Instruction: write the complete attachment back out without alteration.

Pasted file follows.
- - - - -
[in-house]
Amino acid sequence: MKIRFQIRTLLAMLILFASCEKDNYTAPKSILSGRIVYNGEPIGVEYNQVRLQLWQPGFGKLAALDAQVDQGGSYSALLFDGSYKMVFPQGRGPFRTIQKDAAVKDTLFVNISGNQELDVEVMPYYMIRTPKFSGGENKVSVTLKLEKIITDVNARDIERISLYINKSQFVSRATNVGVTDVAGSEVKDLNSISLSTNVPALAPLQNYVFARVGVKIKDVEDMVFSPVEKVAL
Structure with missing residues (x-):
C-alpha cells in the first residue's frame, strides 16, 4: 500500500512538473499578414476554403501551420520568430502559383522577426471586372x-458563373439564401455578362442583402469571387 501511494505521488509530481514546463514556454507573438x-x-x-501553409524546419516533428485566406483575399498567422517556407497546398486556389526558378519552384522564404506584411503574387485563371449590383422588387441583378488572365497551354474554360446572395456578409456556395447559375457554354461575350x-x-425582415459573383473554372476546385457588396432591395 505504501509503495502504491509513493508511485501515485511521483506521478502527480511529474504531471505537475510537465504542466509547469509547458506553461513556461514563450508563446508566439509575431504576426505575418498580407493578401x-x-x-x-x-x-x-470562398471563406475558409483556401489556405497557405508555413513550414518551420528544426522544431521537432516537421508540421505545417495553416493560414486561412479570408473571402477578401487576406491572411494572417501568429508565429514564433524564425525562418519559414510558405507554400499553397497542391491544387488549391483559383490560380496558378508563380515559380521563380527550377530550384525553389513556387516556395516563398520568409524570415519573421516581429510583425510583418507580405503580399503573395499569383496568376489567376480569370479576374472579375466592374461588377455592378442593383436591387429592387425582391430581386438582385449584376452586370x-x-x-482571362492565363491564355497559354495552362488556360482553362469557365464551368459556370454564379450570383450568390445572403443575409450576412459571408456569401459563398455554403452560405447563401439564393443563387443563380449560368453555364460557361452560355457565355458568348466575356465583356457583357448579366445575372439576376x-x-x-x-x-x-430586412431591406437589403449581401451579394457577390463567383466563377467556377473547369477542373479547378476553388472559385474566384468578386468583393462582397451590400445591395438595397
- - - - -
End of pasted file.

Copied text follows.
[in-house]
Amino acid sequence: MKIRFQIRTLLAMLILFASCEKDNYTAPKSILSGRIVYNGEPIGVEYNQVRLQLWQPGFGKLAALDAQVDQGGSYSALLFDGSYKMVFPQGRGPFRTIQKDAAVKDTLFVNISGNQELDVEVMPYYMIRTPKFSGGENKVSVTLKLEKIITDVNARDIERISLYINKSQFVSRATNVGVTDVAGSEVKDLNSISLSTNVPALAPLQNYVFARVGVKIKDVEDMVFSPVEKVAL
Structure with missing residues (x-):
C-alpha cells in the first residue's frame, strides 16, 4: 500500500512538473499578414476554403501551420520568430502559383522577426471586372x-458563373439564401455578362442583402469571387 501511494505521488509530481514546463514556454507573438x-x-x-501553409524546419516533428485566406483575399498567422517556407497546398486556389526558378519552384522564404506584411503574387485563371449590383422588387441583378488572365497551354474554360446572395456578409456556395447559375457554354461575350x-x-425582415459573383473554372476546385457588396432591395 505504501509503495502504491509513493508511485501515485511521483506521478502527480511529474504531471505537475510537465504542466509547469509547458506553461513556461514563450508563446508566439509575431504576426505575418498580407493578401x-x-x-x-x-x-x-470562398471563406475558409483556401489556405497557405508555413513550414518551420528544426522544431521537432516537421508540421505545417495553416493560414486561412479570408473571402477578401487576406491572411494572417501568429508565429514564433524564425525562418519559414510558405507554400499553397497542391491544387488549391483559383490560380496558378508563380515559380521563380527550377530550384525553389513556387516556395516563398520568409524570415519573421516581429510583425510583418507580405503580399503573395499569383496568376489567376480569370479576374472579375466592374461588377455592378442593383436591387429592387425582391430581386438582385449584376452586370x-x-x-482571362492565363491564355497559354495552362488556360482553362469557365464551368459556370454564379450570383450568390445572403443575409450576412459571408456569401459563398455554403452560405447563401439564393443563387443563380449560368453555364460557361452560355457565355458568348466575356465583356457583357448579366445575372439576376x-x-x-x-x-x-430586412431591406437589403449581401451579394457577390463567383466563377467556377473547369477542373479547378476553388472559385474566384468578386468583393462582397451590400445591395438595397